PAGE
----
If you’re ready to pack it in for a long winter’s nap, let’s not forget the eye candy that’s left out in the garage. Once there’s salt on the road then the toys need to go back into the toy box for safe keeping. There’s a list of to do’s that anyone with a seasonal vehicle should be familiar with and it’s that time of year to check things off once again. Where will your vehicle be stored? If you’re from the northern part of the country, or anywhere for that matter, the best answer to that question is inside. Your vehicle needs to be out of the elements and secure inside some kind of structure. If you have a heated garage then your worries are all but over, for the rest of you there are other options including a rented storage facility or a relative’s garage. Putting a car cover over an expensive paint job and hoping for the best is not going to cut it, if you can afford to have a toy then you should be able to care for it properly.
Fill the gas tank to the top; this should prevent condensation in the tank. Condensation, over the years, will cause rust inside the gas tank and could even rot through causing a fuel leak. Not only will there be a mess there will also be, no doubt, some amount of rust in the fuel system. Using a fuel additive such as Sta-Bil will help keep the gas fresh enough to use when it’s time to resuscitate. Make sure that the storage area is free of rodents, they will chew through anything! This includes the seats, wiring harness and carpeting and they will nest in any of the dozens of hiding places of a sleeping vehicle. It wouldn’t be the first time that a car couldn’t start because of a mouse nest in the exhaust system! Also, keep some kind of moisture absorber in and around the vehicle. They are available in bags or margarine size tubs and using one inside the passenger compartment, one in the trunk and one underneath will definitely make a difference.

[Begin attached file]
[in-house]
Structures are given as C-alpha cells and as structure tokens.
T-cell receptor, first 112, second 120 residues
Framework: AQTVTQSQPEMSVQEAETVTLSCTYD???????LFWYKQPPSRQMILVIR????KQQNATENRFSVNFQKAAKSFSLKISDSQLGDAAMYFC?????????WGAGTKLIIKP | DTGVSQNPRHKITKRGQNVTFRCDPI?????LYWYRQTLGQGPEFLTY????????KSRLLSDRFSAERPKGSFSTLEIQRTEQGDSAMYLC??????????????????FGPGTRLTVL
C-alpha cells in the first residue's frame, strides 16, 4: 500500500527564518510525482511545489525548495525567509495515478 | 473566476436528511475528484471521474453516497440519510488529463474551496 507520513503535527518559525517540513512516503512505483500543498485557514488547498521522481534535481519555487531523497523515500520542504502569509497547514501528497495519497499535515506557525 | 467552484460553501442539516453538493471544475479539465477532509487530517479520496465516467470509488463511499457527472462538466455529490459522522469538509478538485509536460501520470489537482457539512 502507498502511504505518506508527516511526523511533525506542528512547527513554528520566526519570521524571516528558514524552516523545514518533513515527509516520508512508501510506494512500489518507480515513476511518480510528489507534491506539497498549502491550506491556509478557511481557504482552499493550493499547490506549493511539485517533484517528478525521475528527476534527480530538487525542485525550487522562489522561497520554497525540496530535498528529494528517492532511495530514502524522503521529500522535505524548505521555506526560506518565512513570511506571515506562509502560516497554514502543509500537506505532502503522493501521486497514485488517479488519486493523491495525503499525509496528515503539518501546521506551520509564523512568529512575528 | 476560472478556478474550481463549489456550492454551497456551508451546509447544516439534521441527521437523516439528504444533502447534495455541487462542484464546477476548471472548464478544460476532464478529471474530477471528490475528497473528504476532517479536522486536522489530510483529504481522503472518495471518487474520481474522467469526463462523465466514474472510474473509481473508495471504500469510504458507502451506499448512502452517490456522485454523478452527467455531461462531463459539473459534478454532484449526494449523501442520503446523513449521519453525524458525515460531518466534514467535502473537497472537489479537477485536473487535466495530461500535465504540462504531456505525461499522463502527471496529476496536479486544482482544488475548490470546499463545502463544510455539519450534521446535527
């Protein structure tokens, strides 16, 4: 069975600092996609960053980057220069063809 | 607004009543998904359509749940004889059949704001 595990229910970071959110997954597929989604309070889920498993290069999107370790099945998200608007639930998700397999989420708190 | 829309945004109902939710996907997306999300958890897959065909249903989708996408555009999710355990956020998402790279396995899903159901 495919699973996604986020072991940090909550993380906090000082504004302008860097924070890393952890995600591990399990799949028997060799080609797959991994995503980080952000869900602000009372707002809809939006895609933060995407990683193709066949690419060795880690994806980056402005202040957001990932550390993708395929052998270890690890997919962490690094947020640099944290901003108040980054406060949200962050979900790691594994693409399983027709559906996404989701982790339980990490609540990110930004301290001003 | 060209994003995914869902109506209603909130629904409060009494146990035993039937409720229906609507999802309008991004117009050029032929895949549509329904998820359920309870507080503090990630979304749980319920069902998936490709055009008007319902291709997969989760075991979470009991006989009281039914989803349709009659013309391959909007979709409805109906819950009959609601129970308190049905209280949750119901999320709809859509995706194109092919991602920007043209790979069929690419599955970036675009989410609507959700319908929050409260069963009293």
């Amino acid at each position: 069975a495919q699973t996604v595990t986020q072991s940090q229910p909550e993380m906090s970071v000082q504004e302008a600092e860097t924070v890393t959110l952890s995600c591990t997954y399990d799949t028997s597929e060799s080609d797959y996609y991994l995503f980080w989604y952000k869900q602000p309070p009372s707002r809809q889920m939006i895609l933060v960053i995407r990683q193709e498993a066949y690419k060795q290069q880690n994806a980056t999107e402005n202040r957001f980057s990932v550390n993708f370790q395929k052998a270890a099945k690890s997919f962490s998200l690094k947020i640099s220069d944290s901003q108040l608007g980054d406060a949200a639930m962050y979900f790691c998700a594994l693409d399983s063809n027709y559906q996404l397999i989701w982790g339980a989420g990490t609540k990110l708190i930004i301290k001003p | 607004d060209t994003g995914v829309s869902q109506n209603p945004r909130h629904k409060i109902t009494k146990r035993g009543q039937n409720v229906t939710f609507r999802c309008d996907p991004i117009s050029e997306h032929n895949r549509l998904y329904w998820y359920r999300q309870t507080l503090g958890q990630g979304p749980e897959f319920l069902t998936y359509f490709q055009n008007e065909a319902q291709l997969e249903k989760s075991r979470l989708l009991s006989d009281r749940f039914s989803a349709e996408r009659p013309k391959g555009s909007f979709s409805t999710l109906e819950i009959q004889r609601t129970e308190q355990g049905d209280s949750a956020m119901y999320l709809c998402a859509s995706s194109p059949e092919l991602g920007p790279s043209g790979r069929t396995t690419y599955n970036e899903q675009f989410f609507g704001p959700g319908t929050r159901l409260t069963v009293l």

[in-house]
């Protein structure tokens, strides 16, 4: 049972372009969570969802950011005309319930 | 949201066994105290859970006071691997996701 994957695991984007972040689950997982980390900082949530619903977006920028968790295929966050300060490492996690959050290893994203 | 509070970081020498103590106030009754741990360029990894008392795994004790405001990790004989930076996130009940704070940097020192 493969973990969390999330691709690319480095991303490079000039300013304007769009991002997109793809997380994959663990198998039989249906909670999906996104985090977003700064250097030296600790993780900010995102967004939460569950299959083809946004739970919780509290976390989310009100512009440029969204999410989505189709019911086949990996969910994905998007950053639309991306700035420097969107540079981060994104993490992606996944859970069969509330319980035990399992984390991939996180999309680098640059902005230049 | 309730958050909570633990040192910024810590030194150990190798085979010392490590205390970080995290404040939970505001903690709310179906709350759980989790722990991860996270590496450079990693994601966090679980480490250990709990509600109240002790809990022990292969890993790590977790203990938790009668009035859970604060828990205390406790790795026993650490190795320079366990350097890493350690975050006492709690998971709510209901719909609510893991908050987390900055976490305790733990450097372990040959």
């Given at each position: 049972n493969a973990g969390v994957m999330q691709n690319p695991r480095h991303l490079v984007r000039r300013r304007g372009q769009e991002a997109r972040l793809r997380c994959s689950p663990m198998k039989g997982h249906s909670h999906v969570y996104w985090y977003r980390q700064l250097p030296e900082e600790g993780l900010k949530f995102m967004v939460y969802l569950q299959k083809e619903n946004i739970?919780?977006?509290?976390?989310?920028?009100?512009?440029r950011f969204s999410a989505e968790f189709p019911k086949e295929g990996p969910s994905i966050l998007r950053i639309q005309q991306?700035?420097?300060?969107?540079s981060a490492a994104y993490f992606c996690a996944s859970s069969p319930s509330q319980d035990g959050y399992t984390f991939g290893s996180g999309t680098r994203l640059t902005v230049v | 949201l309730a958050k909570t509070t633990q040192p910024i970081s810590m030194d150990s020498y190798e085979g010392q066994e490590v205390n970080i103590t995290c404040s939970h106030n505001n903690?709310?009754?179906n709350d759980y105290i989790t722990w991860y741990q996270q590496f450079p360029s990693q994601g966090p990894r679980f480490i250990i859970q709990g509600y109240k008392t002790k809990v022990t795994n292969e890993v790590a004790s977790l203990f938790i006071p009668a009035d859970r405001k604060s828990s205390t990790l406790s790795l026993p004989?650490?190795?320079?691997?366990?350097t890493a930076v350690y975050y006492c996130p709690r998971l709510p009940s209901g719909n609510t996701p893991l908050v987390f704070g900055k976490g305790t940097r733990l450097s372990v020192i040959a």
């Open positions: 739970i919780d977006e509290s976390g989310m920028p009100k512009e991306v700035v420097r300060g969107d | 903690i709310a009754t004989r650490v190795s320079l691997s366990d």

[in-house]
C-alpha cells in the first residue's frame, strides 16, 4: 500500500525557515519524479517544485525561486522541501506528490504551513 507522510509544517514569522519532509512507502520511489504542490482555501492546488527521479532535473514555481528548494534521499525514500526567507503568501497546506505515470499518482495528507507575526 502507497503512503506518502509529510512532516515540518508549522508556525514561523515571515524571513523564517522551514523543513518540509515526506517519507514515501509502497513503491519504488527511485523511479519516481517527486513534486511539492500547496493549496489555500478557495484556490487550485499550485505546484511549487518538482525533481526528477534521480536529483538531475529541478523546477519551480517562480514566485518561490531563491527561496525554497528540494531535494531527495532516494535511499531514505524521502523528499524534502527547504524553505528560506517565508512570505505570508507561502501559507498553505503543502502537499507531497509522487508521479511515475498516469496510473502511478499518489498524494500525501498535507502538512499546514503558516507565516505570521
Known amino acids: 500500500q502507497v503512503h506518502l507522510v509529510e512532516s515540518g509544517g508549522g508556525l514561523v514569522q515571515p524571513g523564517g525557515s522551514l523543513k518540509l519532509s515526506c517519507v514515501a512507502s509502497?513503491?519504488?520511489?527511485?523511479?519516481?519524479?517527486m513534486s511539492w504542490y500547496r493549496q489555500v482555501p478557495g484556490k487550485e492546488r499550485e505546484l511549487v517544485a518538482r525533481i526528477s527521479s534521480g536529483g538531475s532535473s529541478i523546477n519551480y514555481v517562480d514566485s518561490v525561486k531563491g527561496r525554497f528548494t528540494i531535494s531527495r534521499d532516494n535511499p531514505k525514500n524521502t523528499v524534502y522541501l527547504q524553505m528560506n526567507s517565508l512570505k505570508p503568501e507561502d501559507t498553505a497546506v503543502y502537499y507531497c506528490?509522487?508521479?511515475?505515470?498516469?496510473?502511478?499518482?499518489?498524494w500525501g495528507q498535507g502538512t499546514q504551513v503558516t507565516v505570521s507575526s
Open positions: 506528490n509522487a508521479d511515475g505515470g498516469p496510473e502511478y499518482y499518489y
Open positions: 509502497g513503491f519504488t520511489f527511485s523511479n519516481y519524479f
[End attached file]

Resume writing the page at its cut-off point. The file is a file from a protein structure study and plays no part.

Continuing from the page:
Disconnect the battery or put it on a trickle charger, this way the battery will not drain completely and become so strained that it may be rendered useless and unsalvageable. It is also a good idea to start and run the vehicle periodically throughout the winter months if at all possible. Letting the car come up to temperature after about ten minutes of idle time will keep the charging system in order, it is also a good time to see if anything unfortunate has developed mechanically. Before starting, check for leaks of any kind and make sure that there is enough oil in the crankcase.
Finally, many have debated whether they should leave the tires on the car or remove them and place the suspension on blocks or jack stands. For the minimal amount of downtime during the winter it’s best to leave it on the tires. If the tires are good there should be no “flat spotting” from the weight resting on the same spot of the tires. When you warm up the car once or twice a month it would be a good idea to move the car at that time about twenty five feet. This will not only move the tires but the grease in the wheel bearings as well. If the roads aren’t salted and the car or bike is still registered then, by all means, go for a ride.
Down time is a good time to clean, repair and replace. If there’s a reasonable size project for the vehicle that you’ve had in mind then go get started. It’s only a few months until spring!